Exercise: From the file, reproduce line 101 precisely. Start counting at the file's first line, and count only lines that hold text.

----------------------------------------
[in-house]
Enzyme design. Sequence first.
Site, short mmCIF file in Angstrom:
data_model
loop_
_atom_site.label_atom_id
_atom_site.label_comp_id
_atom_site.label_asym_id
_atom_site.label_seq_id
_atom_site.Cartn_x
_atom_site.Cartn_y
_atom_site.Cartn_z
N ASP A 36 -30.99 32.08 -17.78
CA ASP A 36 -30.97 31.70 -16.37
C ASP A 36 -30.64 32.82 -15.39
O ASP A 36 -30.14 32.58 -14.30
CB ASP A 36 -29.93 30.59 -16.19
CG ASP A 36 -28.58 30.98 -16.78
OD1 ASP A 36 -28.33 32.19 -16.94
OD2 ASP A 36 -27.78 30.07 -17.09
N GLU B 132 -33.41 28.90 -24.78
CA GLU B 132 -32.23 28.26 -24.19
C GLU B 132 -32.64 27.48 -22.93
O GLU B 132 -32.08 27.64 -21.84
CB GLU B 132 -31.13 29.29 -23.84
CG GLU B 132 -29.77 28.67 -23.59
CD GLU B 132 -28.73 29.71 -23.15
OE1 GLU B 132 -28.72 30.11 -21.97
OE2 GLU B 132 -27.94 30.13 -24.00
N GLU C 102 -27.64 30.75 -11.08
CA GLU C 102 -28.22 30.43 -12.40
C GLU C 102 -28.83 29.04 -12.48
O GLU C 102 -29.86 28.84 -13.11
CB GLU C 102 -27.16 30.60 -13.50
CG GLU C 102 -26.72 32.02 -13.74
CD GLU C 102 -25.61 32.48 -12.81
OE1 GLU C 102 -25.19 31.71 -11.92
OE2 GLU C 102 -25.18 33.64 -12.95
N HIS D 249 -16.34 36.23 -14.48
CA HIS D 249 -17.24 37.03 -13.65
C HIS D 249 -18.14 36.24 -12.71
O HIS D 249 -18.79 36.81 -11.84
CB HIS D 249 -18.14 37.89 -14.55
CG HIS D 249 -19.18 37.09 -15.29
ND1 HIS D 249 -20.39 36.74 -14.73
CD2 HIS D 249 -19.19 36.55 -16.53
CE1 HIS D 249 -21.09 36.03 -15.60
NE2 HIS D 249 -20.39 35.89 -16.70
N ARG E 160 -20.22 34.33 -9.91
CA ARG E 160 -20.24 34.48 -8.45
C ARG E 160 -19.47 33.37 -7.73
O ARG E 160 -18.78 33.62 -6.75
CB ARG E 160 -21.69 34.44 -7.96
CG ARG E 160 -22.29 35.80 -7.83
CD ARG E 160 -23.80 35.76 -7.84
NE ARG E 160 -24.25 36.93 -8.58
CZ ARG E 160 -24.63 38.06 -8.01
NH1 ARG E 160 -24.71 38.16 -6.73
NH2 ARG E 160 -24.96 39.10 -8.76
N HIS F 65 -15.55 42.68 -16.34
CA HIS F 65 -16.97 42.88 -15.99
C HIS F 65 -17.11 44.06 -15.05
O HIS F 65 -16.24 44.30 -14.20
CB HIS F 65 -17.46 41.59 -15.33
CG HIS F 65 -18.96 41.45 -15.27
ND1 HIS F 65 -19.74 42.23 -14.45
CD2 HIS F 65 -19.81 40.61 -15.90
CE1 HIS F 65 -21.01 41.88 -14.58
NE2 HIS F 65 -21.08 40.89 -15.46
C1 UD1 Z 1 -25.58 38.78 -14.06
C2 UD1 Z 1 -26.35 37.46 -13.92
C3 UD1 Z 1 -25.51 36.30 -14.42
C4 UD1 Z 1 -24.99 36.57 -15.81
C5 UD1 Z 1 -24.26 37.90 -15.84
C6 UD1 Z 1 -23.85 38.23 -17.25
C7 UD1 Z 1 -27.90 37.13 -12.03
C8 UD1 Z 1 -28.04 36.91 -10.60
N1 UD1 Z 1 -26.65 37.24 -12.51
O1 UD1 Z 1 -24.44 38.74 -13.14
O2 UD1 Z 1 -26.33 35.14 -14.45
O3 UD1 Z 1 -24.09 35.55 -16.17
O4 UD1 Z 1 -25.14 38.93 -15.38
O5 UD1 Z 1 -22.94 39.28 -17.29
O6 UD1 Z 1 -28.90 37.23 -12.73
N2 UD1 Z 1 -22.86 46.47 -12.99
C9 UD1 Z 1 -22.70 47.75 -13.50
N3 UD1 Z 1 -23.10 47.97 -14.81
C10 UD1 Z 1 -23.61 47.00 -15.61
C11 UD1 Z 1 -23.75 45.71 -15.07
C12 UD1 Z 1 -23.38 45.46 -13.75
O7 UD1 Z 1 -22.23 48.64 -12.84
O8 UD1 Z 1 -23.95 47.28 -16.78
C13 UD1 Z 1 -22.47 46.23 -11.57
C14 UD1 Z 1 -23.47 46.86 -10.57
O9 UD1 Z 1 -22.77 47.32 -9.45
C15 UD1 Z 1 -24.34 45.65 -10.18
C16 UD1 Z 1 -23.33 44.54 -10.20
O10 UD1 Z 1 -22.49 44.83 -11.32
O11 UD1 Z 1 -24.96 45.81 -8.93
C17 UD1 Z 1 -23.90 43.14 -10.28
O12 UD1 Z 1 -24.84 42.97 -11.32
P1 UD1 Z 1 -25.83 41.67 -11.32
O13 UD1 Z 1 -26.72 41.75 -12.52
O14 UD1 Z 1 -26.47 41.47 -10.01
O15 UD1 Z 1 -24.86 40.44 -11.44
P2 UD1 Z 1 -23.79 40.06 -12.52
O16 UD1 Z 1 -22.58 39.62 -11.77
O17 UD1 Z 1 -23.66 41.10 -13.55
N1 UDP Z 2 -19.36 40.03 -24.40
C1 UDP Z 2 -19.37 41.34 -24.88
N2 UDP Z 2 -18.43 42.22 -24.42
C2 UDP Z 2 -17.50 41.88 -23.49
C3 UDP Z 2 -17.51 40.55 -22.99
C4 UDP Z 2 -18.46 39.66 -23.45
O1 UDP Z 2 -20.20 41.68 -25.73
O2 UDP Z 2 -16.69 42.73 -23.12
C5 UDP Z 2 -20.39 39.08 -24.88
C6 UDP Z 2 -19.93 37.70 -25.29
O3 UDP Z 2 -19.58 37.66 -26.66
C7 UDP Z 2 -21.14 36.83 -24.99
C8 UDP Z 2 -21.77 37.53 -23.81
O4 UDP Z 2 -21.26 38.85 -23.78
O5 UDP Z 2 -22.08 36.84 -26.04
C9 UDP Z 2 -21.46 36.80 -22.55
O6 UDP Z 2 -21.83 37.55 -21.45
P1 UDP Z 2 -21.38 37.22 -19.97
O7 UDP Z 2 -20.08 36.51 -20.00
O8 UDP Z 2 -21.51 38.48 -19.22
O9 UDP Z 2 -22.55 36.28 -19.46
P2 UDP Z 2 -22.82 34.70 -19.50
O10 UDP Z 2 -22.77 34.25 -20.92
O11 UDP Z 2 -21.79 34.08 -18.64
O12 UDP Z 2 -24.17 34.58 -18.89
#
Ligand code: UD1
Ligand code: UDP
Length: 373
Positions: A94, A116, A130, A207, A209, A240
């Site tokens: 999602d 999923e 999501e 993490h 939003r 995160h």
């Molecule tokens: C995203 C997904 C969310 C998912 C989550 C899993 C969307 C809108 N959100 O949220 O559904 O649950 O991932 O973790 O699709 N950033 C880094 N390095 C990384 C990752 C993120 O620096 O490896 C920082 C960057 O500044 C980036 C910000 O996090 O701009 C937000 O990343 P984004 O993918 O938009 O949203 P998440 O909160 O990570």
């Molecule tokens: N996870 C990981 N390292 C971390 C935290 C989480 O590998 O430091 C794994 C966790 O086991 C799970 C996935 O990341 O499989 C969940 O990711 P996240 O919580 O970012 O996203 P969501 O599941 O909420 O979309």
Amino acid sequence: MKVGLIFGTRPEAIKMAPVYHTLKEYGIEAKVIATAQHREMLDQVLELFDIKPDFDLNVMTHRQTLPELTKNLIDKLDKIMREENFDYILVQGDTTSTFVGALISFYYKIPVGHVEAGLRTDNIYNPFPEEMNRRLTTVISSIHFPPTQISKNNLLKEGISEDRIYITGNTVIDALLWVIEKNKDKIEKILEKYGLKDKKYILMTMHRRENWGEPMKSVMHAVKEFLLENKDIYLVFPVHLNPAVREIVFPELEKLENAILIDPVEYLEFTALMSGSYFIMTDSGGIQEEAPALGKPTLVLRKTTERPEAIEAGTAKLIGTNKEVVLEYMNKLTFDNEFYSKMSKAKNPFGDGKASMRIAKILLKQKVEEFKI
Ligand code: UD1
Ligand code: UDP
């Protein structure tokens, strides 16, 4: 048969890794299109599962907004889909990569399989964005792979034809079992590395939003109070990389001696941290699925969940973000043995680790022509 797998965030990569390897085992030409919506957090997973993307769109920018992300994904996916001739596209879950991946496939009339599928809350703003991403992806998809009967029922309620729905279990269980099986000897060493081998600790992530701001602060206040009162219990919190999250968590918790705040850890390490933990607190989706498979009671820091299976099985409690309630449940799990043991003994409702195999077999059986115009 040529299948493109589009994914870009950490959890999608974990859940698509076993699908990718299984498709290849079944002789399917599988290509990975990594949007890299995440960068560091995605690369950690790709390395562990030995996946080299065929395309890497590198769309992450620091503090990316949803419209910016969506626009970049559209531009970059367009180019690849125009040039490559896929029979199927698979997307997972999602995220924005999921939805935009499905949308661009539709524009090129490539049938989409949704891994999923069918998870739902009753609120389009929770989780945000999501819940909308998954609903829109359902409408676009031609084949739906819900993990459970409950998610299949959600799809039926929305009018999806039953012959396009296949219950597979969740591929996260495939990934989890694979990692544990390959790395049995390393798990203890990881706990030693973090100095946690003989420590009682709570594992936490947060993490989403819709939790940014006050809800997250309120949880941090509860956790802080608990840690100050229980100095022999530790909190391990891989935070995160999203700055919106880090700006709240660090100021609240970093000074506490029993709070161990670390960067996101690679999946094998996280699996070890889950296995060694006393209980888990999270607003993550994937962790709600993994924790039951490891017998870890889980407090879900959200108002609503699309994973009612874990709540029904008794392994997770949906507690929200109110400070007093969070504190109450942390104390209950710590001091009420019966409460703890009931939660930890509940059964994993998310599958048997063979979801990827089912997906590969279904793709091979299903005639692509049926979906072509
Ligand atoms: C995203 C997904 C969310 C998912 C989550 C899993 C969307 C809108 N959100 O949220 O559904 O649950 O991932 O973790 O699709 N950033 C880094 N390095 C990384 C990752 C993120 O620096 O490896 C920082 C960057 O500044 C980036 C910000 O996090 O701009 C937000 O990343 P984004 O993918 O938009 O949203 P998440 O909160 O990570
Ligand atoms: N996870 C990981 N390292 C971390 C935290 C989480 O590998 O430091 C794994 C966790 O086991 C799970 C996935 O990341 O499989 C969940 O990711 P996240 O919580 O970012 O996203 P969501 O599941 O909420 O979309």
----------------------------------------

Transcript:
O12 UD1 Z 1 -24.84 42.97 -11.32